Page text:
How God Raised Up Evangelism Prayer Warriors in our Church
By: Jonathan Hanson
A dozen casually dressed believers are seated on sofas, stools, and folding chairs in the living/dining area of a small apartment. Children, young people, and adults have their eyes closed and their hands in the air as they sing and worship God. The youngest of them is singing and praying with just as much boldness and fervency as the elder saint who is seated next to him.
A few minutes later, the deacon in charge of this group asks a teenager to read a quote about prayer from a small slip of paper he has been given. Others are then invited to make comments on the aspect of prayer that has been assigned to this evening’s meeting. The group leader strives to help group members open up and share their thoughts on the subject. The atmosphere is relaxed but expectant.
As the hour unfolds the group leader reads some passages of Scripture and gives some biblical pointers on a particular aspect of prayer. All of this serves to prepare everyone for a time of prayer in which they practice the kind of praying they have been discussing.
Before the evening is over, they have prayed for the sick, burdens have been shared, and intense periods of corporate prayer have transpired. This is their weekly cell group—with a twist. These people have gathered for an “hour of prayer and care” group. It is a weekly prayer clinic where they learn to become prayer warriors. Armed with better prayer skills, these people will be able to effectively minister to their family, friends, and neighbors through prayer.
These believers are in the heart of New England. They realize that a harvest in this area will be realized only when believers learn to have prayer meetings like the early Christians had in Acts 12; when their prayers effectively released Peter from prison. These Apostolics are taking their faith home as did the first-century Christians:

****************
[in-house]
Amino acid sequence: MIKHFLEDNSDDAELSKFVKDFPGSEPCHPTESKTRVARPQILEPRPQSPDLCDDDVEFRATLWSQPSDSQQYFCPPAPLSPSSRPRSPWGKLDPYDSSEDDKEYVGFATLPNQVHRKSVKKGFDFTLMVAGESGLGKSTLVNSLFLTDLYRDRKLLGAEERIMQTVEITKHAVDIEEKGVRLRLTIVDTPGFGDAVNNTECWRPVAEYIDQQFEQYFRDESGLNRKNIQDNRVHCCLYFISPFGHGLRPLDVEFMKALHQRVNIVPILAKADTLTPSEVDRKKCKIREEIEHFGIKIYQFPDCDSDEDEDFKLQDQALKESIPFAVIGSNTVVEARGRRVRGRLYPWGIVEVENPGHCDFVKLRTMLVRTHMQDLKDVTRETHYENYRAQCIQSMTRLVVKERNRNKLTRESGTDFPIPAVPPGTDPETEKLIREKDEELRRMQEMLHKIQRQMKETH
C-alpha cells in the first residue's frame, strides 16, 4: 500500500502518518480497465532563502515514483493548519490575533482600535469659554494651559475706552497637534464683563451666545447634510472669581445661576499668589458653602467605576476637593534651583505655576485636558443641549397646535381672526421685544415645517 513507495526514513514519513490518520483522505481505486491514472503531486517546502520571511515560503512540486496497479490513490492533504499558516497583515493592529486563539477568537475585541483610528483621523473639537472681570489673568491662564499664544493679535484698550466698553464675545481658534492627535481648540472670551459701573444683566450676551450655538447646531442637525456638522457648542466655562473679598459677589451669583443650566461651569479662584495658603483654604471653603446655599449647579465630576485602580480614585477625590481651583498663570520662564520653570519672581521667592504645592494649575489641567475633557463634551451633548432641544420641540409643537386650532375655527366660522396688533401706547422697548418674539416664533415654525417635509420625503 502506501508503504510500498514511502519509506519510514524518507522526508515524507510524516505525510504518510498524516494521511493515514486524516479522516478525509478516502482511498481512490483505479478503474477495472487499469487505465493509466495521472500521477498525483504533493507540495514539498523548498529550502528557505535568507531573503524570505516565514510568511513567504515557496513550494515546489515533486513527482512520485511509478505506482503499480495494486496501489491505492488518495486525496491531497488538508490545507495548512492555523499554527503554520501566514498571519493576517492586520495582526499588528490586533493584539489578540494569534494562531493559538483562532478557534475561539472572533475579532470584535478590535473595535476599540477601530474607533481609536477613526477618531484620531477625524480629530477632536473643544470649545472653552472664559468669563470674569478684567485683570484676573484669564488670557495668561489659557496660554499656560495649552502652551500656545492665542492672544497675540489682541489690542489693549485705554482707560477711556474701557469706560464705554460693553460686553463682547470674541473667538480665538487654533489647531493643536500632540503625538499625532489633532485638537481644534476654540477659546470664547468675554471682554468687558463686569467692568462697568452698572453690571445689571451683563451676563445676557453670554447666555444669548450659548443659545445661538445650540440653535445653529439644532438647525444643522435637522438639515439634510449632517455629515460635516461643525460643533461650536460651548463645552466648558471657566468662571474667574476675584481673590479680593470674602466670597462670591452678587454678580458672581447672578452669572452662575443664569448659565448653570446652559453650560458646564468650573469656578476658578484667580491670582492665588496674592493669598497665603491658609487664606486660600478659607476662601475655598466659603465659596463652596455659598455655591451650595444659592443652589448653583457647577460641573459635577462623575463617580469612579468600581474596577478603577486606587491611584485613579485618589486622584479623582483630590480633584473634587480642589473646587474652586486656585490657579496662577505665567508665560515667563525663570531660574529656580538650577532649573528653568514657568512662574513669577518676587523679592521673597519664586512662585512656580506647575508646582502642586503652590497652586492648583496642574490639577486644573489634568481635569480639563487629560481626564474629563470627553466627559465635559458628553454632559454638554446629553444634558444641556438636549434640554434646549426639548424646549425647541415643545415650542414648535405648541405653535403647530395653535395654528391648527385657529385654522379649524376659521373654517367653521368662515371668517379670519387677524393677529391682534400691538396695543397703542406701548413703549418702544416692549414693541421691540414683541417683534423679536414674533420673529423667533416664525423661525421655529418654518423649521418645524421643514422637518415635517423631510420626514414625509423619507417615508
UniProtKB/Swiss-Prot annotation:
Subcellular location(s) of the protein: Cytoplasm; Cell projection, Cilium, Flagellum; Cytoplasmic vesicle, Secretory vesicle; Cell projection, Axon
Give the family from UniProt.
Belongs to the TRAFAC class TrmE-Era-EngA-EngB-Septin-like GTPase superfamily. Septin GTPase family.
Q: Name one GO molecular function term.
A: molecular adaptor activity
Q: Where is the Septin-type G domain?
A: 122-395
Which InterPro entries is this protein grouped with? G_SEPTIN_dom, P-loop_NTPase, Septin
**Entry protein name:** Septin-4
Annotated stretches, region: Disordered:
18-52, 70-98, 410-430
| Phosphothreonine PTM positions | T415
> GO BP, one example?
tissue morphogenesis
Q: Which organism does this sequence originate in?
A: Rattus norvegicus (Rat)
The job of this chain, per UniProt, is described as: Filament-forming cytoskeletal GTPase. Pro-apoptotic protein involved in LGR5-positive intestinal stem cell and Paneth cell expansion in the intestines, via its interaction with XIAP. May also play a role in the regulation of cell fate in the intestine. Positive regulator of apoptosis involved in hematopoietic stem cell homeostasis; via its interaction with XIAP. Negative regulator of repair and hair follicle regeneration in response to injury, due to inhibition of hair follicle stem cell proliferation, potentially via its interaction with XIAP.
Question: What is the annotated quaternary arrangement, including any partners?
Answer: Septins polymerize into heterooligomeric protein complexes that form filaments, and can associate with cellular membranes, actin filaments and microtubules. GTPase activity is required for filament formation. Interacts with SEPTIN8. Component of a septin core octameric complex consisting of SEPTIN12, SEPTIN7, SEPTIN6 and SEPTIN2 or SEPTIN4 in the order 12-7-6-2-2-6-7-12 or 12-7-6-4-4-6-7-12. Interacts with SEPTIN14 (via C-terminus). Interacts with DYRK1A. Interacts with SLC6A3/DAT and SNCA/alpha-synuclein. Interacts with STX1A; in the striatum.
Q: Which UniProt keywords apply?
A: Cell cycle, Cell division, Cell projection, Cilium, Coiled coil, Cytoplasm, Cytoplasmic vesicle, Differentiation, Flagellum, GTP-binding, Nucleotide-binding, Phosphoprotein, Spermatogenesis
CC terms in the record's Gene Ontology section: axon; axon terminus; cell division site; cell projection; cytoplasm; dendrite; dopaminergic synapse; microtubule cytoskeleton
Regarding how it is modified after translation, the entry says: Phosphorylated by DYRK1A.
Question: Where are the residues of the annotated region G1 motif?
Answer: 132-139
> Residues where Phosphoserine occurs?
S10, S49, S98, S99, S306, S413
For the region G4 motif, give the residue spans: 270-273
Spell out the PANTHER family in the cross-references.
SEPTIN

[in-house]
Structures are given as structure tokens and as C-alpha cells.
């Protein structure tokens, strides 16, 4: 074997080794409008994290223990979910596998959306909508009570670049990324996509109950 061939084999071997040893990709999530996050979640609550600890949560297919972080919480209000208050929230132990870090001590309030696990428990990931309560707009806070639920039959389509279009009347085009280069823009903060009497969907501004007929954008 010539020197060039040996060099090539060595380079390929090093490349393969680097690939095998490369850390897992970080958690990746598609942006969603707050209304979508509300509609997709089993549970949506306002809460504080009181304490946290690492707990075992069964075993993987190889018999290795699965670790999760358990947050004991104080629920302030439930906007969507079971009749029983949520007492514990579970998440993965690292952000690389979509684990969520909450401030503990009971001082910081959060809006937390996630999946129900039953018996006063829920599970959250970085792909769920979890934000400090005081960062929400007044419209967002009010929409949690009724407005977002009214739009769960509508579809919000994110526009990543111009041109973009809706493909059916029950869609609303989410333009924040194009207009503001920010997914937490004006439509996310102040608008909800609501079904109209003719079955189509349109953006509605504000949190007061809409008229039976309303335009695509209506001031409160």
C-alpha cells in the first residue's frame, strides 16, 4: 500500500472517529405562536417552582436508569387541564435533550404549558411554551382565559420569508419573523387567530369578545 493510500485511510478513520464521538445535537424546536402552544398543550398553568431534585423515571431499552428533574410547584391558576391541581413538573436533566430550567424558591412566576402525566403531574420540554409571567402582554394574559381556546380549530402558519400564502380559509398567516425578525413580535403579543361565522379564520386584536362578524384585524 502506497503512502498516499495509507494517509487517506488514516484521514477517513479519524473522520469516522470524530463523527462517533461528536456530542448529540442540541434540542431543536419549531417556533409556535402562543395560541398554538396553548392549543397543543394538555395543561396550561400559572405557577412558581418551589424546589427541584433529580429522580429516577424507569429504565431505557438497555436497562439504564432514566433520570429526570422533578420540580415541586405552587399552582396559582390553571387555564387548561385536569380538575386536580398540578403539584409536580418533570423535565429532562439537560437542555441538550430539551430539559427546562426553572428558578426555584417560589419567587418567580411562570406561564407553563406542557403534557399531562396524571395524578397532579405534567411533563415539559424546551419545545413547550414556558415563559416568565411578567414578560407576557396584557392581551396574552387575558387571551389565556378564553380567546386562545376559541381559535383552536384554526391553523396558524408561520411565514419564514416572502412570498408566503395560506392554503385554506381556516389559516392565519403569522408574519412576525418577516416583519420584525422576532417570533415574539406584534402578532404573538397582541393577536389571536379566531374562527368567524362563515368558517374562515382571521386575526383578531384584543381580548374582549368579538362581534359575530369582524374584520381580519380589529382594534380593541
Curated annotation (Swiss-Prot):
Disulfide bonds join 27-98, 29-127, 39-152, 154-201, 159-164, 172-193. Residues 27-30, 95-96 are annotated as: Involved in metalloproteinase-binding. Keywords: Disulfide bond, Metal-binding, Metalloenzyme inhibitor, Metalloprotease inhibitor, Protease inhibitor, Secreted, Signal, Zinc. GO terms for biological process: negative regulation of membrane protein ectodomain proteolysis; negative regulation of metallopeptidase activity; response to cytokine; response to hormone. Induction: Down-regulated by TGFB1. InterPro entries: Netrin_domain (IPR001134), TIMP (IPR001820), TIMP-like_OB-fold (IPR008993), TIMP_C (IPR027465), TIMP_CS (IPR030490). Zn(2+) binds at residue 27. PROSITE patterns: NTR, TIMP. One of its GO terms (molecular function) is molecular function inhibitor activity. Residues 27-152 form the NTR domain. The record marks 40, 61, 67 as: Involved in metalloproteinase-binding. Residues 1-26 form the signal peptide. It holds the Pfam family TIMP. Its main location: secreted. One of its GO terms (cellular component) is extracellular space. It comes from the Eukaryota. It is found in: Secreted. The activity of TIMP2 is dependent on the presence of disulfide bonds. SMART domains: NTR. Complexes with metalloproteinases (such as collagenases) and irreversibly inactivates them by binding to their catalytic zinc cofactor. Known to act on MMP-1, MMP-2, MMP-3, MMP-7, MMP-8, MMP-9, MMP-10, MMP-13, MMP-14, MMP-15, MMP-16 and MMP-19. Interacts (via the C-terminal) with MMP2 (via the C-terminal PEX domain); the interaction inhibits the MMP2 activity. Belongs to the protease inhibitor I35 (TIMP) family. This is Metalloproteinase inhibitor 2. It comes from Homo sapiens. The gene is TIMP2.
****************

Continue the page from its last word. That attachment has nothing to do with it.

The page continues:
“And they, continuing daily with one accord in the temple, and breaking bread from house to house, did eat their meat with gladness and singleness of heart, Praising God, and having favour with all the people. And the Lord added to the church daily such as should be saved” (Acts 2:46-47).”
The leader of this group is a deacon who has been trained to facilitate prayer among an assigned group of believers from the local church as well as any guests who have agreed to conic for an hour of prayer, followed by thirty minutes of snacks and fellowship. The deacon uses a hand-sized spiral teacher’s manual that gives him a structure by which to conduct the prayer clinic. The meeting looks a lot like the cottage prayer meeting of the early 1900s, with just a tad more structure and accountability. Throughout the year this group of prayer warriors will not only pray together but also do outreach projects, clean the church building, participate in prayer walks, do street meetings, and sponsor neighborhood get-togethers dedicated to good clean fun and fellowship.
What are the results of prayer groups? In the past five years some individual groups have had over one hundred visitors. Many people have heard about the miracles that are taking place and call them with prayer requests. Not everyone who regularly attends the prayer group attends the sponsoring church, giving the church influence beyond its membership rolls.
Since these prayer groups have been established, the local church has seen better attendance at special events, and the number of people attending prayer groups is similar to the number of people attending Sunday morning services. All-church prayer meetings have been better attended and are more powerful now that people have learned to worship, wait on God, and pray prayers of petition and intercession. Many healings have taken place in people’s living rooms, and several guests have received the gift of the Holy Ghost in these prayer groups.
After just a few weeks in a prayer group, seasoned saints have made comments such as: “I’ve been in the church for twenty years, but I never realized you could pray like that.” Many of these long-term church members are now praying for people in the mall and at work, whereas before they were hesitant to take such steps of faith. Our church is praying with more authority and power than ever, and we have only just begun to pray!